Veneer. Let's be honest. There's many a DIYer that have passed up a project piece because the Veneer is in horrible shape. Sometimes it can be repaired. And sometimes, it all needs to come off.
For those of you that are new to repurposing or painting furniture, Veneer is a thin sheet of finished wood that is glued to a secondary wood. It was, and still is, an inexpensive way to build furniture. Artisans would use a strong, but less visually appealing wood to build a piece of furniture, then trim it out with veneer (which is a craft all in and of itself).
The problem with Veneer is that is susceptible to temperature and moisture, which can make it buckle and peel. Sometimes you can add some wood glue under a loose piece and clamp it down until it dries. And other times, you'll find a piece like this.
Looks scary, right? BUT, we got it for an amazing deal and the Veneer was really only bad on the top.
Luckily for us, the Veneer on this project was in such bad shape, that most of it came off relatively easy.
There are two ways to remove Veneer from furniture.
Remove Veneer by Scraping & Sanding
The first method requires scraping and sanding. (Make sure you wear gloves and eye protection.) We used large Putty Knives to get under the loosened Veneer. We scraped and lifted the Veneer until it came off.
(By the way, if you'll bear with me through this article, I promise there's a video at the end that will show you another amazing method for removing Veneer.)
We were able to remove a majority of the Veneer by scraping. This was the only real stubborn spot. It took some muscle, but we eventually succeeded. Yeah us!
You can see the Secondary Wood under the Veneer. Does it surprise you that it's not one solid piece of wood? That's how furniture Artisans used to build furniture.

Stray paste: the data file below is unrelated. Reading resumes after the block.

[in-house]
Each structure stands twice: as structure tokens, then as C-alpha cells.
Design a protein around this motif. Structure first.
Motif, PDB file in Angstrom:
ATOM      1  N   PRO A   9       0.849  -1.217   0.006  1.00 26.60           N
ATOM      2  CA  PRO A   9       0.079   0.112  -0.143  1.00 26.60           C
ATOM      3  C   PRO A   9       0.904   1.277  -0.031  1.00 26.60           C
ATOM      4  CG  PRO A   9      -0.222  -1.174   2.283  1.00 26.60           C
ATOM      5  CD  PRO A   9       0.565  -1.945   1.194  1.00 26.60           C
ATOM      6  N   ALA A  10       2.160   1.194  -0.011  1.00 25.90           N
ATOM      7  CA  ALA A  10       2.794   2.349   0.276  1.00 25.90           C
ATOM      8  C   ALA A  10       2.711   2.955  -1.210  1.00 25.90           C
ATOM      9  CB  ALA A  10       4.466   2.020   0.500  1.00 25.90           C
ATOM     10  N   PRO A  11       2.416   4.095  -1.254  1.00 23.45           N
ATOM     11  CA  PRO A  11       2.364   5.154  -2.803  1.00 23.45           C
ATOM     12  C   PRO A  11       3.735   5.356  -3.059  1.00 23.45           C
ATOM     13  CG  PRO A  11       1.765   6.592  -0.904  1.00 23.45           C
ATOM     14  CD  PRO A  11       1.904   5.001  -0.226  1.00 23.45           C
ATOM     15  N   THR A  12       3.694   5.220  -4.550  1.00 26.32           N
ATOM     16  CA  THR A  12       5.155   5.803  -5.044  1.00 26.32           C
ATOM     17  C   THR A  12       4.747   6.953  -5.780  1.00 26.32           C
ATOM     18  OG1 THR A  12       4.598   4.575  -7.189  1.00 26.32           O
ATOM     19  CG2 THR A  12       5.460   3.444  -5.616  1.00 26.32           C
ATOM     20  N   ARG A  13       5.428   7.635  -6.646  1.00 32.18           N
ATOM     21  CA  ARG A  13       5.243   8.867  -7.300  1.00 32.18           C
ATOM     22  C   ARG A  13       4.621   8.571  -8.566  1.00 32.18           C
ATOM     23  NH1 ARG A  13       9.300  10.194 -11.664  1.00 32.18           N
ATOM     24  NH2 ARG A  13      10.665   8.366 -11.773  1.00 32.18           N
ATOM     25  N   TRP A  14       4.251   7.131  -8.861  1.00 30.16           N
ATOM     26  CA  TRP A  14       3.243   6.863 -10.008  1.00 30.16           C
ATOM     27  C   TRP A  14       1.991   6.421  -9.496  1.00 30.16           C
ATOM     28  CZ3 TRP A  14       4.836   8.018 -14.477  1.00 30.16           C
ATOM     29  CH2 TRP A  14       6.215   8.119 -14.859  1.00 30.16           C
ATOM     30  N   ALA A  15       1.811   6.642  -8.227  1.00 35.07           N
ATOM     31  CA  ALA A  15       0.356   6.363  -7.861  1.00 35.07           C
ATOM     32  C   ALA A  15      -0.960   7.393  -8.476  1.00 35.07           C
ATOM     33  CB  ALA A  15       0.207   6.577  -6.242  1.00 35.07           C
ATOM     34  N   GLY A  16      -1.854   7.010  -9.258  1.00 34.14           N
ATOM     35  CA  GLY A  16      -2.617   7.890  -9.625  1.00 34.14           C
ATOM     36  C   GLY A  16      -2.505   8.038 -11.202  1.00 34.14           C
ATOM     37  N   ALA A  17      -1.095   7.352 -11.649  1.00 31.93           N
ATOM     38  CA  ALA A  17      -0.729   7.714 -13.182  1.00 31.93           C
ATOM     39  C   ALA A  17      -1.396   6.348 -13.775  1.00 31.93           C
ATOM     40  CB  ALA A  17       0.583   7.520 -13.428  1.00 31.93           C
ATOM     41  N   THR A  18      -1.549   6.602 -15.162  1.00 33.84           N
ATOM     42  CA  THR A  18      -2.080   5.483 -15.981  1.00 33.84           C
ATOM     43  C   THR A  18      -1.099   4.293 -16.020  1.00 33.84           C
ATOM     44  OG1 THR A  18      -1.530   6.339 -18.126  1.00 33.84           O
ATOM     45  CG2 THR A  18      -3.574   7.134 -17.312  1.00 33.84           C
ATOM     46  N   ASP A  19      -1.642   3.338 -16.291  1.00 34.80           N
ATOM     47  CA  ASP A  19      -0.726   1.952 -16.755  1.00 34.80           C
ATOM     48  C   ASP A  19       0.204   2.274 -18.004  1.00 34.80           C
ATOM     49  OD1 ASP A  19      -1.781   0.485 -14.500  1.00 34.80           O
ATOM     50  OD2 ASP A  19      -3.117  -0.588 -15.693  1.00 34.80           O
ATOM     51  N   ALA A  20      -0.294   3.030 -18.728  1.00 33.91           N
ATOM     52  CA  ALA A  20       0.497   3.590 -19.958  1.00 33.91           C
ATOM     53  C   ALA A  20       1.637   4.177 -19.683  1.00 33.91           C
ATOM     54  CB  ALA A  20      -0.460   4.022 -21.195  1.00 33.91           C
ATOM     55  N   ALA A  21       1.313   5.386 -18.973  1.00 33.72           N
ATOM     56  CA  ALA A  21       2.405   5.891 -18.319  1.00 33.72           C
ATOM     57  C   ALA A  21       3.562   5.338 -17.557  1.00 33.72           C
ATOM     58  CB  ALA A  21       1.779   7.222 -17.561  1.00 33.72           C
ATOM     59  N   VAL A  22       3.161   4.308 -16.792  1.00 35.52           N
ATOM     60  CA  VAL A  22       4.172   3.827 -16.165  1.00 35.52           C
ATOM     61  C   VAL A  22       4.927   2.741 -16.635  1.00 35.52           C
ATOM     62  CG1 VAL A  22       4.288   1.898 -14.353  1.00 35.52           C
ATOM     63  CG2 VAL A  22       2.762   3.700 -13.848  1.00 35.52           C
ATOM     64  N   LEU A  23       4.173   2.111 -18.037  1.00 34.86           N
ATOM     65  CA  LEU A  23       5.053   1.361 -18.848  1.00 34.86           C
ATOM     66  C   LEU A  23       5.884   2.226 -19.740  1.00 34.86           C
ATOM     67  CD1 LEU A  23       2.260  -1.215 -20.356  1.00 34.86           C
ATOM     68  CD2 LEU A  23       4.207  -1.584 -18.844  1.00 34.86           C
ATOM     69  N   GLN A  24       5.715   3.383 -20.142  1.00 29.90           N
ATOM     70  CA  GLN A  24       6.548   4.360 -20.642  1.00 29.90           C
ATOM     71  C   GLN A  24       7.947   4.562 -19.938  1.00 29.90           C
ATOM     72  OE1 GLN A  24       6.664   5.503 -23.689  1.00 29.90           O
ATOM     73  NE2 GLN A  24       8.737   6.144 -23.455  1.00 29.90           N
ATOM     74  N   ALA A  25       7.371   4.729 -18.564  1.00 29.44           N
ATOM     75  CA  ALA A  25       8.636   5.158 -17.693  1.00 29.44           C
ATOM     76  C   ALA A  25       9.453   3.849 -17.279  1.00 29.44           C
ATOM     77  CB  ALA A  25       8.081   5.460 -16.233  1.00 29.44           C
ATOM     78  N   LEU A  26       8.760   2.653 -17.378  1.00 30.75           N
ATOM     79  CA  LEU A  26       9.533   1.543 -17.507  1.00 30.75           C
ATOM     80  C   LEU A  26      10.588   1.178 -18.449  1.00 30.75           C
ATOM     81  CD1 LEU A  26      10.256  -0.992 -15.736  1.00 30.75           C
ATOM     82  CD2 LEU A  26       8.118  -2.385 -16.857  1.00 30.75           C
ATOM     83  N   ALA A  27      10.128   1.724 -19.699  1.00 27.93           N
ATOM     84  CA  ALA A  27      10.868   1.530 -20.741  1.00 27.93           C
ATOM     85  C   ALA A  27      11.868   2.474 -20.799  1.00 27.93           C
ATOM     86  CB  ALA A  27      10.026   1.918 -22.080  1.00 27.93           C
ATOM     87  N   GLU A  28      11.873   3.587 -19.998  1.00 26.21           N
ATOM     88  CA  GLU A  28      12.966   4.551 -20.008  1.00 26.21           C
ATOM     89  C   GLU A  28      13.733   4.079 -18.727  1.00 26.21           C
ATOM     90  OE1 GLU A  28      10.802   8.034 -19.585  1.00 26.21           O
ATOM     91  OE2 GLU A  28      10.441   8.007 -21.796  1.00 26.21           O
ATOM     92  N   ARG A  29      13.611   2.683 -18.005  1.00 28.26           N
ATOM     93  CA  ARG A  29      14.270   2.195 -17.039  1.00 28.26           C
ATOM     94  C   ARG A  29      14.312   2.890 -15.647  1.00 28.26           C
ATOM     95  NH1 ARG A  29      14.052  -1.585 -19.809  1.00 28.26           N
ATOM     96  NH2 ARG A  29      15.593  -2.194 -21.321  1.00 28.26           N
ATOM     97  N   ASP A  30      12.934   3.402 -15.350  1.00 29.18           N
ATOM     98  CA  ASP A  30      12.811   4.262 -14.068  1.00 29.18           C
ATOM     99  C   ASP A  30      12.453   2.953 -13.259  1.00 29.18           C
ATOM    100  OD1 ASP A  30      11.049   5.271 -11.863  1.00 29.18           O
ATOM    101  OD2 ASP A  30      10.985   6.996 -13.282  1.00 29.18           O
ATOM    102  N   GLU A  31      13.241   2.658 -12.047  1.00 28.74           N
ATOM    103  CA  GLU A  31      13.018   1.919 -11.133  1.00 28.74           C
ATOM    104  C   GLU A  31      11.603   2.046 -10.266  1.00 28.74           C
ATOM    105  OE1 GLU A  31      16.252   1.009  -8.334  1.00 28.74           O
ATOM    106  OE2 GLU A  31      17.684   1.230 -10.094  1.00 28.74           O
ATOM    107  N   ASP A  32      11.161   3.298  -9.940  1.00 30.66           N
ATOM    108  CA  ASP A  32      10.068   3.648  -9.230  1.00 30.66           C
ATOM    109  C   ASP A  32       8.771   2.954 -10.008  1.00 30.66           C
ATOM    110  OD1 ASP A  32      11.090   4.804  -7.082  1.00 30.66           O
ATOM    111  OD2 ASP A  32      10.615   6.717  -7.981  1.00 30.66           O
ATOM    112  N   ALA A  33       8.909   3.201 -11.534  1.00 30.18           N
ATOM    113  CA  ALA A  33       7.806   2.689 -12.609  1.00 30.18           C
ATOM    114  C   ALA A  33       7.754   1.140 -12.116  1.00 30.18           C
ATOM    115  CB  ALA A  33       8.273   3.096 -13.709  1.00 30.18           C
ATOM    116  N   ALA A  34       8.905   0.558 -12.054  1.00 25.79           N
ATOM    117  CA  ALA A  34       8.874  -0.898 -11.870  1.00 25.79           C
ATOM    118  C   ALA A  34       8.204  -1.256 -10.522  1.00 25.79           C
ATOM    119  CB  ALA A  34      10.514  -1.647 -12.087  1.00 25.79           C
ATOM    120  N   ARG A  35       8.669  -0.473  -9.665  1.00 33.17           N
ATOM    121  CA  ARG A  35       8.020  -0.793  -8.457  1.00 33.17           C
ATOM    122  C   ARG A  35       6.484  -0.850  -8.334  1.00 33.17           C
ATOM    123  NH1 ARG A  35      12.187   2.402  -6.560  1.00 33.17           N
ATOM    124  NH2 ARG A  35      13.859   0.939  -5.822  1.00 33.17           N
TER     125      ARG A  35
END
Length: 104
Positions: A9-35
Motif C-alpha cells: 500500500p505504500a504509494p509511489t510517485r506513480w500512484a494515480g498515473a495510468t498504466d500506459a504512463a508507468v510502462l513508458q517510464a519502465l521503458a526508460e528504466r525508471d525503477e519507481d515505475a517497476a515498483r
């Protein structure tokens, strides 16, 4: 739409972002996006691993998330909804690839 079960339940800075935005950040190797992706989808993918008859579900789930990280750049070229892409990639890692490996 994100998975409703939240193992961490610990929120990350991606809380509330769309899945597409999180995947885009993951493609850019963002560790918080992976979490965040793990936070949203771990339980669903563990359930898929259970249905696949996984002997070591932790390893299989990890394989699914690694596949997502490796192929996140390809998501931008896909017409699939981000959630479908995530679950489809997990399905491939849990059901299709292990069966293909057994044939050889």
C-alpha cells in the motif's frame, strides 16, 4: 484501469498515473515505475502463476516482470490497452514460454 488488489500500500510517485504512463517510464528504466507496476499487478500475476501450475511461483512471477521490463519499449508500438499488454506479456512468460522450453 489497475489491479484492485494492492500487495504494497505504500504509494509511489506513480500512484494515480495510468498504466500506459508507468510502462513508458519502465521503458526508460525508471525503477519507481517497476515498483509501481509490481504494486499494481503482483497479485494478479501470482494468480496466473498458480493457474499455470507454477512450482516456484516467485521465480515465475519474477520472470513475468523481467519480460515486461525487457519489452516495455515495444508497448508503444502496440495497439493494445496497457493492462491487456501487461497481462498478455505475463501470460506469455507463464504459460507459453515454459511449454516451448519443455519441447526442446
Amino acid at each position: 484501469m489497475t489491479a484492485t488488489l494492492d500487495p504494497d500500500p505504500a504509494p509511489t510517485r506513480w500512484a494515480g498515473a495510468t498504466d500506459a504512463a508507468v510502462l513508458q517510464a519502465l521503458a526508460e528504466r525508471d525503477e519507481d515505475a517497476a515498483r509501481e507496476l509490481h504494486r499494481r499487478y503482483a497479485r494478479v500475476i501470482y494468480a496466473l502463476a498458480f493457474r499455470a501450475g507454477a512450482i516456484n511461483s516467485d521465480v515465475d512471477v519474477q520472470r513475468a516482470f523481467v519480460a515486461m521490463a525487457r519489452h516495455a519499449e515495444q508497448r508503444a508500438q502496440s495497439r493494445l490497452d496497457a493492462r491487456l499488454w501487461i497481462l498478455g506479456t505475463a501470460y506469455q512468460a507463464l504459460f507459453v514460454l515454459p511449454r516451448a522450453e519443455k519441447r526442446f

You can still see remnants of the Veneer above. We planed some high spots in the wood. The reason it had to be planed, was because we wanted to cover the top with a piece of birch plywood. The top had to be completely flat, otherwise the plywood would buckle, too.
Then we sanded the entire piece. (Remember to use eye and ear protection.)
Unfortunately, I forgot to take pictures of us attaching the new top. It was a high end piece of Birch Plywood. It was cut to size and glued down with Wood Glue. The Hubs put sand bags on the top overnight to apply enough pressure for a good seal.
Then I worked my painting magic. It took about 7 steps of paint and faux techniques to get this finish.
Amy Howard in Linen
Amy Howard Toscana in Noir (2 coats)
Antiquing Glaze for distressing
Amy Howard Light Antiquing Wax
Amy Howard Dark Antiquing Wax
Amy Howard Dust of Ages
The new owners loved the finished piece. It was a labor of love that brought it back to life.
I love to see the potential in a discarded project. We took off the Veneer and now she shines!
Now that you've been patient, I'd like to show you another way to take off Veneer that's just as effective, especially on those really stubborn spots where the Veneer won't release.
Removing Veneer with an Iron
Use an old iron and a very wet rag. Please, please, please use an old iron. You'll ruin a new one. Trust me. Ugh.
Place a very damp rag on the area where you want to remove the Veneer. The rag shouldn't be dripping wet, just really damp. Place a hot iron on top of the area and let it sit for a moment. Don't move it around too much. After a few minutes, remove the iron and the damp cloth. Then use your putty knife to scrape off the Veneer.
The heat from the iron allows the glue holding the Veneer to release. It's genius. Really!
I show you how to use this technique in the video below.
If you take the time to see past the flaws, you can definitely turn a piece from an eye sore to a Gem.
We opted not to recover the top of this buffet with plywood. The secondary wood was clean enough to paint over. I only had to fill a few spots with wood putty, then sand before painting.
Now you can tackle you're own Veneer project. I'd love to hear your feedback and see your successes, too.